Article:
7. The General Court granted a charter to the Massachusetts Medical Society in November (Walter L. Burrage, A History of the Massachusetts Medical Society . . . 1781–1922, Norwood, Mass., 1923, p. 63–67).
8. On 14 Dec. the Boston Town Meeting voted to form a committee chaired by Samuel Adams to “take into consideration the present arrangement of the publick Schools in the Town; and to Report what further improvements—may be made thereon, as soon as may be.” This committee apparently made no report and no further mention of educational reform has been found until 23 Sept. 1789, when a new committee was formed of which Samuel Adams was also a member. As a result of that committee’s work, the town meeting adopted a “new System of education” on 16 Oct. 1789 that explicitly provided for the education of “both Sexes” (Boston Record Commissioners description begins City of Boston, Record Commissioners, Reports, Boston, 1876–1909; 39 vols. description ends , 26th Report, p. 220; 31st Report, p. 205–206, 208–210).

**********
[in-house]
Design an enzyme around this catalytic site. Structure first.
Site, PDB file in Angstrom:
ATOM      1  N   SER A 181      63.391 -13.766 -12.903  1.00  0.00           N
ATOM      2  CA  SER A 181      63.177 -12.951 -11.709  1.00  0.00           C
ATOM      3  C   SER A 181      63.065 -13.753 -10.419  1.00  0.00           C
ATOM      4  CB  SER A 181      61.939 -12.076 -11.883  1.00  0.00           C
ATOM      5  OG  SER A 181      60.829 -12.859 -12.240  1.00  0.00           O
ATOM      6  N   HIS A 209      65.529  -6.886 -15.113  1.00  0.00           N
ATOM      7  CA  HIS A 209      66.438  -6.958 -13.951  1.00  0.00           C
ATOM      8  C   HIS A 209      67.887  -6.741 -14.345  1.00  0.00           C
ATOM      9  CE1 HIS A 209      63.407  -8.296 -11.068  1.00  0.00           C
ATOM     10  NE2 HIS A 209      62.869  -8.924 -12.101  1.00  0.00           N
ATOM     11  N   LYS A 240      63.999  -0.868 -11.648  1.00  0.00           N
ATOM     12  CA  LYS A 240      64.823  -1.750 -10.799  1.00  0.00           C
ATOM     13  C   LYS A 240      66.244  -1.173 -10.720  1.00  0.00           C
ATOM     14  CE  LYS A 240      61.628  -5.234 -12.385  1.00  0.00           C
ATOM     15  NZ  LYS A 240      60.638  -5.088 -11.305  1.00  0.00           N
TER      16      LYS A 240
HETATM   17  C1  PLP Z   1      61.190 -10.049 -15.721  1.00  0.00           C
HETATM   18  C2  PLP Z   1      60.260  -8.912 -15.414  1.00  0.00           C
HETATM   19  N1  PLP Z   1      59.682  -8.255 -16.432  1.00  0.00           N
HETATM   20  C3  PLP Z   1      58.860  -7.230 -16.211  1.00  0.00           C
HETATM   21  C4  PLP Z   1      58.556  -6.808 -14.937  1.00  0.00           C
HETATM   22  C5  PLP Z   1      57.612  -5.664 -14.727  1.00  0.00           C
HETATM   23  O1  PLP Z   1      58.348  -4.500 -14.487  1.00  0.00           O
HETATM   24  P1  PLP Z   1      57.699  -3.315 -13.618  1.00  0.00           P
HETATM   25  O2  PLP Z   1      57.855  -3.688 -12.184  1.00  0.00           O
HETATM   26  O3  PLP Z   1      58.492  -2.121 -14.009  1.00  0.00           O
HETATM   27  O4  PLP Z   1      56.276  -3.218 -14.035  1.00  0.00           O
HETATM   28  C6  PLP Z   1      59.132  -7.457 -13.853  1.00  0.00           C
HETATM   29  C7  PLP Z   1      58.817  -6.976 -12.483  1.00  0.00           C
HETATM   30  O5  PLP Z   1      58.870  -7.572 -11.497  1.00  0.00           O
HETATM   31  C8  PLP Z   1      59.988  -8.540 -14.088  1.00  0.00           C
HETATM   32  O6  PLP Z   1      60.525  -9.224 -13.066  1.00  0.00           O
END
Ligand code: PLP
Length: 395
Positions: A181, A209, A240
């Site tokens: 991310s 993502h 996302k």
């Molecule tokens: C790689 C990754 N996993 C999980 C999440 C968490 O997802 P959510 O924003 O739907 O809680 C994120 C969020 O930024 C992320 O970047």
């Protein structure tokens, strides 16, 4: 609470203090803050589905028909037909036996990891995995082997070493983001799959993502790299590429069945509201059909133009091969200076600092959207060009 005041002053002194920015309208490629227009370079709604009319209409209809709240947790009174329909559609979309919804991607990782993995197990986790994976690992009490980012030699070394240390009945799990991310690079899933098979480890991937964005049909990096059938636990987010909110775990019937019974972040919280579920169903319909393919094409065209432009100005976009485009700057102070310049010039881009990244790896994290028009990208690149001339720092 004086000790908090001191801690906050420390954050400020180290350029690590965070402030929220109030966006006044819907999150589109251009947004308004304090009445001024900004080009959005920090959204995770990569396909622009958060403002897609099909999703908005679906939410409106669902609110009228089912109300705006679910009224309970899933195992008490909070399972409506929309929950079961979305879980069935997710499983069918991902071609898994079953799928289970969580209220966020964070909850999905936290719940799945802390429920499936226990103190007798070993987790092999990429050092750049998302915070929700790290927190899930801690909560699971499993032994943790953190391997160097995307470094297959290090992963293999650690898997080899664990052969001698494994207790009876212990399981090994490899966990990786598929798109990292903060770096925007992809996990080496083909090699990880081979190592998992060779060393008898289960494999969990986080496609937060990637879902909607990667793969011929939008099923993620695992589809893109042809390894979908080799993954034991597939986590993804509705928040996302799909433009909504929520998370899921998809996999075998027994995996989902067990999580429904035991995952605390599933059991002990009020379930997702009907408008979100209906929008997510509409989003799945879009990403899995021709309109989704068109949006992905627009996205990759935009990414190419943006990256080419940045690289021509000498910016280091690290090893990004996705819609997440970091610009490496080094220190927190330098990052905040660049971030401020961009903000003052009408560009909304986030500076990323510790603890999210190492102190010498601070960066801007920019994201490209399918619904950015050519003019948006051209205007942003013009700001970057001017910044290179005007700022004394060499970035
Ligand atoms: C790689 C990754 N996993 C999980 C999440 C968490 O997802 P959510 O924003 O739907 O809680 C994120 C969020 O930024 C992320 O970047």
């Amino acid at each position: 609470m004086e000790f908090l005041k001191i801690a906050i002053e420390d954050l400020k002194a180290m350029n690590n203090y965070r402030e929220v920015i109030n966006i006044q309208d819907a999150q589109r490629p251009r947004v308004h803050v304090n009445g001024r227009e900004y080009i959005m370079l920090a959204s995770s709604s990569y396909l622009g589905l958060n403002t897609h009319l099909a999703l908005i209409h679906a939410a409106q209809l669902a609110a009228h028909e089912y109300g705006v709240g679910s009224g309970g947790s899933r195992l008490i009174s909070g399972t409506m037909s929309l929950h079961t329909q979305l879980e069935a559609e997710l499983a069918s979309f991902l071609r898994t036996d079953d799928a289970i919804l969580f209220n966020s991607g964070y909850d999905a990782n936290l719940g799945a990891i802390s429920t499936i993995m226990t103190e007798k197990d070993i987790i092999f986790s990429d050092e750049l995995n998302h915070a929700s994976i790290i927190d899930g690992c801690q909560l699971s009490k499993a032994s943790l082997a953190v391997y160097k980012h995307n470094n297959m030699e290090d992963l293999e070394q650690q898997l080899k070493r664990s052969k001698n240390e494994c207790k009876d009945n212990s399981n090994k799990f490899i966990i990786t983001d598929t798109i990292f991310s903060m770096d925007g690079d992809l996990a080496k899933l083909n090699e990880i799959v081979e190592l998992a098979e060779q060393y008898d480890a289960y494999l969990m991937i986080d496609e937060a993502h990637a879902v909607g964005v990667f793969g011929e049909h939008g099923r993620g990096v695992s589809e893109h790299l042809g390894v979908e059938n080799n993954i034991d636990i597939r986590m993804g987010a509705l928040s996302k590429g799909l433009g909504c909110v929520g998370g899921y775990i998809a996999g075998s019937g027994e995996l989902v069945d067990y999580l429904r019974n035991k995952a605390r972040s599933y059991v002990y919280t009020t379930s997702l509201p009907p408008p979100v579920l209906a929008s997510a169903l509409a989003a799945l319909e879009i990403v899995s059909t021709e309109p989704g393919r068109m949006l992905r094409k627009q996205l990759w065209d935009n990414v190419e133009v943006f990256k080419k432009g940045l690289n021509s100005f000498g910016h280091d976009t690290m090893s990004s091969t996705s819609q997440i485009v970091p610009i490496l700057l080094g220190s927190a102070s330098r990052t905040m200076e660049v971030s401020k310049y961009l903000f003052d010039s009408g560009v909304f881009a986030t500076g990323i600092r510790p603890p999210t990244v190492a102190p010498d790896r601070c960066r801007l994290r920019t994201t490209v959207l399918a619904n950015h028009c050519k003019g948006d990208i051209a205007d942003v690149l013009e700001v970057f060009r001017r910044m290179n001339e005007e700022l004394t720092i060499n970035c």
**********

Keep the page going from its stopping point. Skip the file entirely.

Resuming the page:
9. Gov. John Hancock.
10. The enclosure, filmed at 14 Dec. (Adams Papers, Microfilms, Reel No. 355), consists of extracts from the minutes of Boston Town Meetings held on 11 and 14 Dec. (Boston Record Commissioners description begins City of Boston, Record Commissioners, Reports, Boston, 1876–1909; 39 vols. description ends , 26th Report, p. 220; 31st Report, p. 214–217, 219). On the 11th the Town Meeting voted instructions to the town’s representatives in the General Court “to procure an Application to Congress, that they would give positive Instructions to their Commissioners for negotiating a Peace to make the right of the United States to the Fishery an Indispensible Article of the Treaty.” On the 14th the Town Meeting approved a circular letter to the maritime towns in which it set down the reasons why it had instructed its representatives regarding the fisheries and called on them to do the same.